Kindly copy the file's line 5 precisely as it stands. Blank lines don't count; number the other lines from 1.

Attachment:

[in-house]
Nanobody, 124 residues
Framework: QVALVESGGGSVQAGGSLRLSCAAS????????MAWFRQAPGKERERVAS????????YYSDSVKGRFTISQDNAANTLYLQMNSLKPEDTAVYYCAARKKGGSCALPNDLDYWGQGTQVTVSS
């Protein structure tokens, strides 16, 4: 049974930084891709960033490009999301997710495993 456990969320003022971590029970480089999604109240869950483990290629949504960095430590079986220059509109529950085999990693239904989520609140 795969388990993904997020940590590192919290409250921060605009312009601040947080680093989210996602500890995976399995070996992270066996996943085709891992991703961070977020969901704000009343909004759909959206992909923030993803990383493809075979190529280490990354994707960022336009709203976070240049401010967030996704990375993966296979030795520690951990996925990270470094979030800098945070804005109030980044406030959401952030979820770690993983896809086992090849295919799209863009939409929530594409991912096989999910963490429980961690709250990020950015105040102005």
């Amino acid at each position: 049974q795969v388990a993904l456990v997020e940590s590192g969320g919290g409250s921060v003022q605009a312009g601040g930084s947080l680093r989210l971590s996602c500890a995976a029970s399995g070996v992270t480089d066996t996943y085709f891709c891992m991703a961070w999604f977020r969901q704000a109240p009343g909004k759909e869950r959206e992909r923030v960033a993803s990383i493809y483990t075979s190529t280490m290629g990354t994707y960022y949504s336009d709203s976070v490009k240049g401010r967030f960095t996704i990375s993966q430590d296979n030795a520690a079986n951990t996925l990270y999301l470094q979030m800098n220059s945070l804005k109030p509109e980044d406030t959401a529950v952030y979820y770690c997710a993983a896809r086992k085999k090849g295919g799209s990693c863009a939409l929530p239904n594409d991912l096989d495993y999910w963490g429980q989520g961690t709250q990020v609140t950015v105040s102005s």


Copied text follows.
């Amino acid at each position: 049974q795969v388990a993904l456990v997020e940590s590192g969320g919290g409250s921060v003022q605009a312009g601040g930084s947080l680093r989210l971590s996602c500890a995976a029970s399995g070996v992270t480089d066996t996943y085709f891709c891992m991703a961070w999604f977020r969901q704000a109240p009343g909004k759909e869950r959206e992909r923030v960033a993803s990383i493809y483990t075979s190529t280490m290629g990354t994707y960022y949504s336009d709203s976070v490009k240049g401010r967030f960095t996704i990375s993966q430590d296979n030795a520690a079986n951990t996925l990270y999301l470094q979030m800098n220059s945070l804005k109030p509109e980044d406030t959401a529950v952030y979820y770690c997710a993983a896809r086992k085999k090849g295919g799209s990693c863009a939409l929530p239904n594409d991912l096989d495993y999910w963490g429980q989520g961690t709250q990020v609140t950015v105040s102005s």